652 results for author: Brad Jersak


Q&R: How do you understand John 3:16?

Question I was reading the conversation between Nicodemus and Jesus in John 3. The famous John 3:16 came to mind. I find your theology very fascinating. I was just wondering how this particular passage works with your theology? Response If we read John 3:16 in the context of both verse 17 and the whole chapter and the whole book, it seems to me that Jesus is talking about perishing and eternal life in this present life, what we are already experiencing: 16 For God so loved the world that he gave his one and only Son, that whoever believes in him shall not perish but have eternal life. 17 For God did ...

Are We Actually Alienated from God … or Is It All in Your Head? Brad Jersak

For it pleased the Father that in Him all the fullness should dwell, and by Him to reconcile all things to Himself, by Him, whether things on earth or things in heaven, having made peace through the blood of His cross.And you, who once were alienated and enemies in your mind by wicked works, yet now He has reconciled in the body of His flesh through death, to present you holy, and blameless, and above reproach in His sight (Col. 1:19-22). The following rather brilliant question arrived today from a friend of mine, and after giving it some thought, felt it was worth sharing with our CWR blog readers. Alienated from God? Col. 1:21 Q: Does this ...

Punisher or Pushover? How Is Wrath “God’s” – Brad Jersak

How, why or when is 'wrath' God's?  Why does the Bible talk about 'the wrath of God'?  As we continue to preach and teach the NT message that "God is Infinite Love," embodied in Christ and revealed on the Cross, it is right that we should continually challenge and be challenged by "the wrath of God." That challenge requires us to keep returning to the Scriptures and to the Lord for greater clarity, because such great potential for error persists. We dare not slander God, either as a violent punisher or a spineless pushover, because such images serve as stumbling blocks, especially to those suffering under the consequences of their poor choices or ...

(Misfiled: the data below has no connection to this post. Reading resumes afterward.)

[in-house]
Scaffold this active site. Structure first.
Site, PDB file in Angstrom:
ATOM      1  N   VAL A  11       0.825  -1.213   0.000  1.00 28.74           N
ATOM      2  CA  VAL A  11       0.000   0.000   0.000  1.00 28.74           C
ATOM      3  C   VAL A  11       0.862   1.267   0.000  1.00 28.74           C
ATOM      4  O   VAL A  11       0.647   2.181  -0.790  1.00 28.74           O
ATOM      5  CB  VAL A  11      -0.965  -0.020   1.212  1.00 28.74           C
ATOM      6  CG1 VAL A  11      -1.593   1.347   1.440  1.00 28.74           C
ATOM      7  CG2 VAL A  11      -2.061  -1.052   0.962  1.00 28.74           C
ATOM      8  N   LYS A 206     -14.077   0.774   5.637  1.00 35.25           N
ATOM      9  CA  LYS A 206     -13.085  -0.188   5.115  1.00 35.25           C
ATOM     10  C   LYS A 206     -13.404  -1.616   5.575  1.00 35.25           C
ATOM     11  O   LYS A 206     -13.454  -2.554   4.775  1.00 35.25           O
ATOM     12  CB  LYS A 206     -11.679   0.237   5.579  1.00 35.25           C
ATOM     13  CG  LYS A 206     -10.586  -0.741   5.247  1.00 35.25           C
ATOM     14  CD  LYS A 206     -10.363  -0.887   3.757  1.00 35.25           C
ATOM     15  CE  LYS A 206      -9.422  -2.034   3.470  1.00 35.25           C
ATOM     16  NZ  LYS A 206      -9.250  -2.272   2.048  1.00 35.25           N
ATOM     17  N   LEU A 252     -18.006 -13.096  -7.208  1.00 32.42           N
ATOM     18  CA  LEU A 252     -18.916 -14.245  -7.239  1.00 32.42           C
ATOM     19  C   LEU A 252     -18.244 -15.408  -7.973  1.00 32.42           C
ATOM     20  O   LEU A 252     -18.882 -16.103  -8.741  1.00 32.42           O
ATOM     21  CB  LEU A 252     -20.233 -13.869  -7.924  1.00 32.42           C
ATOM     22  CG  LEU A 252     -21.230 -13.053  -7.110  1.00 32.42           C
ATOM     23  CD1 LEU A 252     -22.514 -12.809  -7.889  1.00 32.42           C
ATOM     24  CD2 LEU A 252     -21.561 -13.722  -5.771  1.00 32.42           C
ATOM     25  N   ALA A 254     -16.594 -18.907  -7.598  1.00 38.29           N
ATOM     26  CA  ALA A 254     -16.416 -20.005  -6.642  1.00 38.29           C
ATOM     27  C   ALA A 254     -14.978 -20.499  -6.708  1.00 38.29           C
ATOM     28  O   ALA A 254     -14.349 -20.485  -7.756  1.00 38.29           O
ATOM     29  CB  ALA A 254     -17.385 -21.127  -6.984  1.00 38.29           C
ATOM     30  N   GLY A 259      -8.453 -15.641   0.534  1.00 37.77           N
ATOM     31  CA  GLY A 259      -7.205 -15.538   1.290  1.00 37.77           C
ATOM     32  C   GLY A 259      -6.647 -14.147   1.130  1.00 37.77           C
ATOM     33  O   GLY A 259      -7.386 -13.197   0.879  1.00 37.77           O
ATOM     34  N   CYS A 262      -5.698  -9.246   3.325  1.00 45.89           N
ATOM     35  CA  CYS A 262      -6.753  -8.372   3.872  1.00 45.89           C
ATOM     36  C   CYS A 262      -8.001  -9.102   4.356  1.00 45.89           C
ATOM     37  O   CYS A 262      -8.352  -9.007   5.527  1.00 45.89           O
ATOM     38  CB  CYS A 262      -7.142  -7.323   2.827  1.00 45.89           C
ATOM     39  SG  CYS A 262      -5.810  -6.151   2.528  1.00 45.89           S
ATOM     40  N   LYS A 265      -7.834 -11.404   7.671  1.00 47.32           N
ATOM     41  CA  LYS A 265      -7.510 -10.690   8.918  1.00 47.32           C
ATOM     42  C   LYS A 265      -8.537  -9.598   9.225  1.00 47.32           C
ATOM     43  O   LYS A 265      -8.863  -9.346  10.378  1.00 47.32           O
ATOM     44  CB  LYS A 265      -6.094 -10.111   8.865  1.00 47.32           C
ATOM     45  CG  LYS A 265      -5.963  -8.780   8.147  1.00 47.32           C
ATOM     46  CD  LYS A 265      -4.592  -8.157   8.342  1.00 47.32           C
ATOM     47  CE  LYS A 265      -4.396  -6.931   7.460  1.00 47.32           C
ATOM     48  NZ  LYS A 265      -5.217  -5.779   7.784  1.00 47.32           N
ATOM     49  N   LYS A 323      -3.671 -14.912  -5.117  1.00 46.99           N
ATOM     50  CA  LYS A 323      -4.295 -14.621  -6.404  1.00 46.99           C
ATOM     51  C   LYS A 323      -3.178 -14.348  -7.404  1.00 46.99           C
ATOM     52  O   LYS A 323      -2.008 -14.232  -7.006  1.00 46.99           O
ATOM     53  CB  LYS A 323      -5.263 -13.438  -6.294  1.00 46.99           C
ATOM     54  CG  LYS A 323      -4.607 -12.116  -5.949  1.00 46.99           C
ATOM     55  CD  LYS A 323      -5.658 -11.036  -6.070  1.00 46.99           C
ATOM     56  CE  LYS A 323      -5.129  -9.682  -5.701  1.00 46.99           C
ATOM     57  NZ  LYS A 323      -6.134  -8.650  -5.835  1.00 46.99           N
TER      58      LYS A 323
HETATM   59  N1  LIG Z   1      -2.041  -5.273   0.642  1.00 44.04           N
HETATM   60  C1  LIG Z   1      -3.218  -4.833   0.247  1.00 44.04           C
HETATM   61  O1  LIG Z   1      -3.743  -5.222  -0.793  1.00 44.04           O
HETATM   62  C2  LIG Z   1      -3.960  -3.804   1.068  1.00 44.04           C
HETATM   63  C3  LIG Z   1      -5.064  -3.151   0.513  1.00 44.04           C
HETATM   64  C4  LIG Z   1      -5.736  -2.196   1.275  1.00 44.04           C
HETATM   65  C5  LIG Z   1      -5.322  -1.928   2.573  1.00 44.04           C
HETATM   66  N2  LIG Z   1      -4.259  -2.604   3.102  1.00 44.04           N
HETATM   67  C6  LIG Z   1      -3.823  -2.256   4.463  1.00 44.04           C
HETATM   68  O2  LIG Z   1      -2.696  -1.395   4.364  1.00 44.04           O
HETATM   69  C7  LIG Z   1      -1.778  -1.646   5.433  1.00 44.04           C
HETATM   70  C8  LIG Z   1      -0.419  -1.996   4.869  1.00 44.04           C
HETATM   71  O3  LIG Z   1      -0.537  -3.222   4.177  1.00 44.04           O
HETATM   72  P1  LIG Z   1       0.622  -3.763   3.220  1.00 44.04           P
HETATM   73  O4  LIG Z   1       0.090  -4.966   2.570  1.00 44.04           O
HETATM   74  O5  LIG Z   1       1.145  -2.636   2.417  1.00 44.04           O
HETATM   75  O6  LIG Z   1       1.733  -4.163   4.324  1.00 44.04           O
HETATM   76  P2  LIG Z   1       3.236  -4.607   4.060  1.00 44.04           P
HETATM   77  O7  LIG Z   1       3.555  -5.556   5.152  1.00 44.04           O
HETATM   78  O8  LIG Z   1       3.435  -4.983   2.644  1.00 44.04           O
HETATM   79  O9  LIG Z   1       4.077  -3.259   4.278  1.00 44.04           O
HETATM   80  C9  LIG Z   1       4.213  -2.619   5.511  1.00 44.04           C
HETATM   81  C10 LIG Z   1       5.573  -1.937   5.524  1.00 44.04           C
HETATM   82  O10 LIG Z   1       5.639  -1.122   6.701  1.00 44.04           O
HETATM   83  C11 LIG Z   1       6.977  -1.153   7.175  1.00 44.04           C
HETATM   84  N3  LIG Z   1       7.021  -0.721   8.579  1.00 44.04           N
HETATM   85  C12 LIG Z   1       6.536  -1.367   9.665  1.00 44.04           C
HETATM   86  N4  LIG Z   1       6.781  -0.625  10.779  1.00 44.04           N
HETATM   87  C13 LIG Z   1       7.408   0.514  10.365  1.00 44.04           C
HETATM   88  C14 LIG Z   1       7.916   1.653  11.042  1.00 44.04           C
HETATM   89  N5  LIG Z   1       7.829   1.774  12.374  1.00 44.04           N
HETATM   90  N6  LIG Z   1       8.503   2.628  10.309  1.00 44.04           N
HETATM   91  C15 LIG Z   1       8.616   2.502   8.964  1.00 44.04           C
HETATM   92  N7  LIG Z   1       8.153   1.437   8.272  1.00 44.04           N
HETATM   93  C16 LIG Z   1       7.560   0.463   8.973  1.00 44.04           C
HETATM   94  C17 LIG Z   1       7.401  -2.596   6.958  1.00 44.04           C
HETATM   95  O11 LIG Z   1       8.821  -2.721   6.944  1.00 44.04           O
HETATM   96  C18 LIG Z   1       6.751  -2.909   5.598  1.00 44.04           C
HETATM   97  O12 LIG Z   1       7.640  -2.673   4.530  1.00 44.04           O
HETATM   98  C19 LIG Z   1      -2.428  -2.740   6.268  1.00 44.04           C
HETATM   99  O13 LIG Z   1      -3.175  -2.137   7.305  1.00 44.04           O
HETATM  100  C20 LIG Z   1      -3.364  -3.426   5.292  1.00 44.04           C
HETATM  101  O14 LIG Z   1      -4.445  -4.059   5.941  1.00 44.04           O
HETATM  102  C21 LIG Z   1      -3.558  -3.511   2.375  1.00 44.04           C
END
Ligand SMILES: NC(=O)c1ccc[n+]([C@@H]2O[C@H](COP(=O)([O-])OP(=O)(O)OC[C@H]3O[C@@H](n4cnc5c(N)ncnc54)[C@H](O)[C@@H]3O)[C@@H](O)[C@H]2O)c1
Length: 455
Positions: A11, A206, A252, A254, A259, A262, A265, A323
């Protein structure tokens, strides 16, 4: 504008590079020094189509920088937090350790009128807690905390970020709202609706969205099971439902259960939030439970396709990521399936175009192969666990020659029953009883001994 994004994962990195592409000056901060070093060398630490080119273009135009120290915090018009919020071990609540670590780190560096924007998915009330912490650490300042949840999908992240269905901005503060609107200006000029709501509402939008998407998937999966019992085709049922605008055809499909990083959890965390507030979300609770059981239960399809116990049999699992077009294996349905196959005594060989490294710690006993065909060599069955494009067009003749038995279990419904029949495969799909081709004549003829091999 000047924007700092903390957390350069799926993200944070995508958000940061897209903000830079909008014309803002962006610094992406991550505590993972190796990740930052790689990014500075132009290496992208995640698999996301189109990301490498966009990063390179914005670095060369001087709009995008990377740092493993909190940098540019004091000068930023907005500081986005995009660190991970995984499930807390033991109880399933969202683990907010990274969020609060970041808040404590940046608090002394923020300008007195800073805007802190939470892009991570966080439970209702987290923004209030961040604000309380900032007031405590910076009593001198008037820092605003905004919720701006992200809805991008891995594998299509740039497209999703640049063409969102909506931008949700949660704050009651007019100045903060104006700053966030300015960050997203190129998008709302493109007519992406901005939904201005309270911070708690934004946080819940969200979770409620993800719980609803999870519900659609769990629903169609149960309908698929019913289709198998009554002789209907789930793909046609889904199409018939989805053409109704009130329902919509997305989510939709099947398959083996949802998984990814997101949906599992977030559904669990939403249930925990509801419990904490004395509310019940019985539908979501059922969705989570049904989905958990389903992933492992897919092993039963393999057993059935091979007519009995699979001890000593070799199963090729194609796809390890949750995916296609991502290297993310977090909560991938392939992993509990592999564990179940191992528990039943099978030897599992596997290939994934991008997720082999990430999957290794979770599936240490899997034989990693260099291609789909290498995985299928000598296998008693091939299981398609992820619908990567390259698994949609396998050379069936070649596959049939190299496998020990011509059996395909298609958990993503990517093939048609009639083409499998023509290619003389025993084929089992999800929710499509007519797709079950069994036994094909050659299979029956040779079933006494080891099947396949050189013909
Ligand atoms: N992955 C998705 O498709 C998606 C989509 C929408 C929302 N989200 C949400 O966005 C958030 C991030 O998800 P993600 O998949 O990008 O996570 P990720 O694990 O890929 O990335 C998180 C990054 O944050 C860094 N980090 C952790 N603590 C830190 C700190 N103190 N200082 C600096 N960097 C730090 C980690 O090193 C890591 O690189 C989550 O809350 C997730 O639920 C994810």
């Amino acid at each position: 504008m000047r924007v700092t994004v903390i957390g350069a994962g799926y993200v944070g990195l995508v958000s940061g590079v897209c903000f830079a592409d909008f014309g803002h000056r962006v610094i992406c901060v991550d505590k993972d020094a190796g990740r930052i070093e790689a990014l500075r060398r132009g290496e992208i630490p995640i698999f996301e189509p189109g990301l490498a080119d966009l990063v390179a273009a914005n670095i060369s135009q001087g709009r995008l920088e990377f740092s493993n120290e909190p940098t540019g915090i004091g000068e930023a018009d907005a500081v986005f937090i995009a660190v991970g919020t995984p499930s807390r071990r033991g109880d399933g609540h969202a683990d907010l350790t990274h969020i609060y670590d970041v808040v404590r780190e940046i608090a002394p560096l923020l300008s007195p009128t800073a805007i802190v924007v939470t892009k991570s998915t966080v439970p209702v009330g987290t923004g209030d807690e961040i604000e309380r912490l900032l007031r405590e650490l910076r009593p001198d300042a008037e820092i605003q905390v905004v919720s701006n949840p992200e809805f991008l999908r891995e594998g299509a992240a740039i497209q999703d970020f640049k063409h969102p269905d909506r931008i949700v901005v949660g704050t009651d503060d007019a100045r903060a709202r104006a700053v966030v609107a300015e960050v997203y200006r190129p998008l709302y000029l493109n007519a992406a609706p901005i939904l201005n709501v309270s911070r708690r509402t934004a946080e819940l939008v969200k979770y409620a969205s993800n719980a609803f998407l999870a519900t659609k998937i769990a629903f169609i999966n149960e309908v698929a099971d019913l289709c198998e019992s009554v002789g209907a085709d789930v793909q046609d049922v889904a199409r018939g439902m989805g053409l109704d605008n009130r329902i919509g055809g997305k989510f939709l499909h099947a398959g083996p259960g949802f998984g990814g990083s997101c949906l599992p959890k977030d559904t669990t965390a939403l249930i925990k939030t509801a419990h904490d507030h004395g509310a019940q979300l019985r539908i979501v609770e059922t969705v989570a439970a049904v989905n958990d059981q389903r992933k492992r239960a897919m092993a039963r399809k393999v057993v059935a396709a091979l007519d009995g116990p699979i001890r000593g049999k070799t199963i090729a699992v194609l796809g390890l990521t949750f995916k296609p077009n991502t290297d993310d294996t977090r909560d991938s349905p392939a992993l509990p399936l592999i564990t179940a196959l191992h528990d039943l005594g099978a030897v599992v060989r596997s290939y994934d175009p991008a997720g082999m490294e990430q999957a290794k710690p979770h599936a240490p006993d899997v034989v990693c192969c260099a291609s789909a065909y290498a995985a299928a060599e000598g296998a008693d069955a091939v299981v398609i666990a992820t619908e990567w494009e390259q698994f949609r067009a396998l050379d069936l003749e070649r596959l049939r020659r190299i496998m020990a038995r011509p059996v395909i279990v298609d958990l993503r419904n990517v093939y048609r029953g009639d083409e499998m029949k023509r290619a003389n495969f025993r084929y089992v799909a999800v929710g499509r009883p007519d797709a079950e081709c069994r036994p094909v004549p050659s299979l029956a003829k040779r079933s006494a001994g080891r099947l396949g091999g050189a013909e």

Christ-centered faith vs Christless religion/spirituality – Brad Jersak

Lately, I’ve been noticing subtle differences between the popular ‘spirituality vs. religion’ and ‘faith vs. religion' Some prefer ‘spirituality’ because it only implies one’s own spiritual self or soul (sans any god at all). So hiking the mountains is ‘spiritual’ because it nurtures the soul. True enough. However,  I personally prefer to speak of ‘faith’ because my spiritual self or my soul has been freed and fed by a Love greater than my own … and indeed, faith freed me from religion in a way that spirituality hadn’t. As one Orthodox priest says, ‘Religion is a neurological disease and faith is its cure.’ I’m ...

CWR Video – Grace by Buechner

Video on grace by Frederick Buechner.

God, who are you? I want to know you! Brad Jersak

God who are you? I want to know you! When we restrict our inquiry into the nature of God to the Bible, we are likely to find just the kind of God that we want to find. If we want a God of peace, he’s there. If we want a God of war, he’s there. If we want a compassionate God, he’s there. If we want a vindictive God, he’s there. If we want an egalitarian God, he’s there. If we want an ethnocentric God, he’s there. If we want a God demanding blood sacrifice, he’s there. If we want a God abolishing blood sacrifice, he’s there. Sometimes the Bible is like a Rorschach test— it reveals more about the reader than the eternal I AM. The ...